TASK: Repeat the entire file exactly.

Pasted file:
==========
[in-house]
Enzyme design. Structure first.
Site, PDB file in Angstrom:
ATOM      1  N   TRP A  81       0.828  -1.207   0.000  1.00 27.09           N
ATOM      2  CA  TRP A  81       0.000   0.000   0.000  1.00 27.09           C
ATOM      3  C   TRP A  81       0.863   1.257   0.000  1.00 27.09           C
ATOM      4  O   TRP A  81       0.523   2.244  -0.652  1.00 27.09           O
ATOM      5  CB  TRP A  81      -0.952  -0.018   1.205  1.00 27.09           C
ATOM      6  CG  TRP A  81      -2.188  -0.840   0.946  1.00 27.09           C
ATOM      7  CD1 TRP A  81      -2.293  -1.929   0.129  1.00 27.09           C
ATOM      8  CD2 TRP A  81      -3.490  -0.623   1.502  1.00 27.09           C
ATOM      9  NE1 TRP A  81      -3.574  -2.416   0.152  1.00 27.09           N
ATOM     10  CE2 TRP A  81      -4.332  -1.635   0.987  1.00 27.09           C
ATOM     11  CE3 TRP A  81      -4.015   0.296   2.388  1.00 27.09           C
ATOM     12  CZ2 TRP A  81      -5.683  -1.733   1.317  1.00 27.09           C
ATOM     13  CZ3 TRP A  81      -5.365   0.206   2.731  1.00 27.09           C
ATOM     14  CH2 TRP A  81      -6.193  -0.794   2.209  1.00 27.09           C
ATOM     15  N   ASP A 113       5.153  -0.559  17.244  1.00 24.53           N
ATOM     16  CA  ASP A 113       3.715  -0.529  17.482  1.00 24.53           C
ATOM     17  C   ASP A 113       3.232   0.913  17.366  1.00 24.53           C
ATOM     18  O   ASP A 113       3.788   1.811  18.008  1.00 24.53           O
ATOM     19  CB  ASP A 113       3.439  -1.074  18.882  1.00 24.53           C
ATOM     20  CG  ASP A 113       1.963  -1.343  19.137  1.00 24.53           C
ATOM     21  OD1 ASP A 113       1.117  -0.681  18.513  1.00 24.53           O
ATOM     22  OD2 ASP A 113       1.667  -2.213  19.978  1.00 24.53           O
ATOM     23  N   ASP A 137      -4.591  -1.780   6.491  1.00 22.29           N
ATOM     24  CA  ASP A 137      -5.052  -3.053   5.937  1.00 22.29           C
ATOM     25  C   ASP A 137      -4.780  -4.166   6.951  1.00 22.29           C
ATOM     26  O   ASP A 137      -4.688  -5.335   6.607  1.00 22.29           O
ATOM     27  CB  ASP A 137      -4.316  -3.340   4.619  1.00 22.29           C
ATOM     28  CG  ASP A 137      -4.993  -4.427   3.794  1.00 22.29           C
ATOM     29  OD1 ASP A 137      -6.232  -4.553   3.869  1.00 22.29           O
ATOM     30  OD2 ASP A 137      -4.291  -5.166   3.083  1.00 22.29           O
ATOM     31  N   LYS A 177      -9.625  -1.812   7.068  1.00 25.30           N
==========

[in-house]
Enzyme design. Structure first.
Site, PDB file in Angstrom:
ATOM      1  N   TRP A  81       0.828  -1.207   0.000  1.00 27.09           N
ATOM      2  CA  TRP A  81       0.000   0.000   0.000  1.00 27.09           C
ATOM      3  C   TRP A  81       0.863   1.257   0.000  1.00 27.09           C
ATOM      4  O   TRP A  81       0.523   2.244  -0.652  1.00 27.09           O
ATOM      5  CB  TRP A  81      -0.952  -0.018   1.205  1.00 27.09           C
ATOM      6  CG  TRP A  81      -2.188  -0.840   0.946  1.00 27.09           C
ATOM      7  CD1 TRP A  81      -2.293  -1.929   0.129  1.00 27.09           C
ATOM      8  CD2 TRP A  81      -3.490  -0.623   1.502  1.00 27.09           C
ATOM      9  NE1 TRP A  81      -3.574  -2.416   0.152  1.00 27.09           N
ATOM     10  CE2 TRP A  81      -4.332  -1.635   0.987  1.00 27.09           C
ATOM     11  CE3 TRP A  81      -4.015   0.296   2.388  1.00 27.09           C
ATOM     12  CZ2 TRP A  81      -5.683  -1.733   1.317  1.00 27.09           C
ATOM     13  CZ3 TRP A  81      -5.365   0.206   2.731  1.00 27.09           C
ATOM     14  CH2 TRP A  81      -6.193  -0.794   2.209  1.00 27.09           C
ATOM     15  N   ASP A 113       5.153  -0.559  17.244  1.00 24.53           N
ATOM     16  CA  ASP A 113       3.715  -0.529  17.482  1.00 24.53           C
ATOM     17  C   ASP A 113       3.232   0.913  17.366  1.00 24.53           C
ATOM     18  O   ASP A 113       3.788   1.811  18.008  1.00 24.53           O
ATOM     19  CB  ASP A 113       3.439  -1.074  18.882  1.00 24.53           C
ATOM     20  CG  ASP A 113       1.963  -1.343  19.137  1.00 24.53           C
ATOM     21  OD1 ASP A 113       1.117  -0.681  18.513  1.00 24.53           O
ATOM     22  OD2 ASP A 113       1.667  -2.213  19.978  1.00 24.53           O
ATOM     23  N   ASP A 137      -4.591  -1.780   6.491  1.00 22.29           N
ATOM     24  CA  ASP A 137      -5.052  -3.053   5.937  1.00 22.29           C
ATOM     25  C   ASP A 137      -4.780  -4.166   6.951  1.00 22.29           C
ATOM     26  O   ASP A 137      -4.688  -5.335   6.607  1.00 22.29           O
ATOM     27  CB  ASP A 137      -4.316  -3.340   4.619  1.00 22.29           C
ATOM     28  CG  ASP A 137      -4.993  -4.427   3.794  1.00 22.29           C
ATOM     29  OD1 ASP A 137      -6.232  -4.553   3.869  1.00 22.29           O
ATOM     30  OD2 ASP A 137      -4.291  -5.166   3.083  1.00 22.29           O
ATOM     31  N   LYS A 177      -9.625  -1.812   7.068  1.00 25.30           N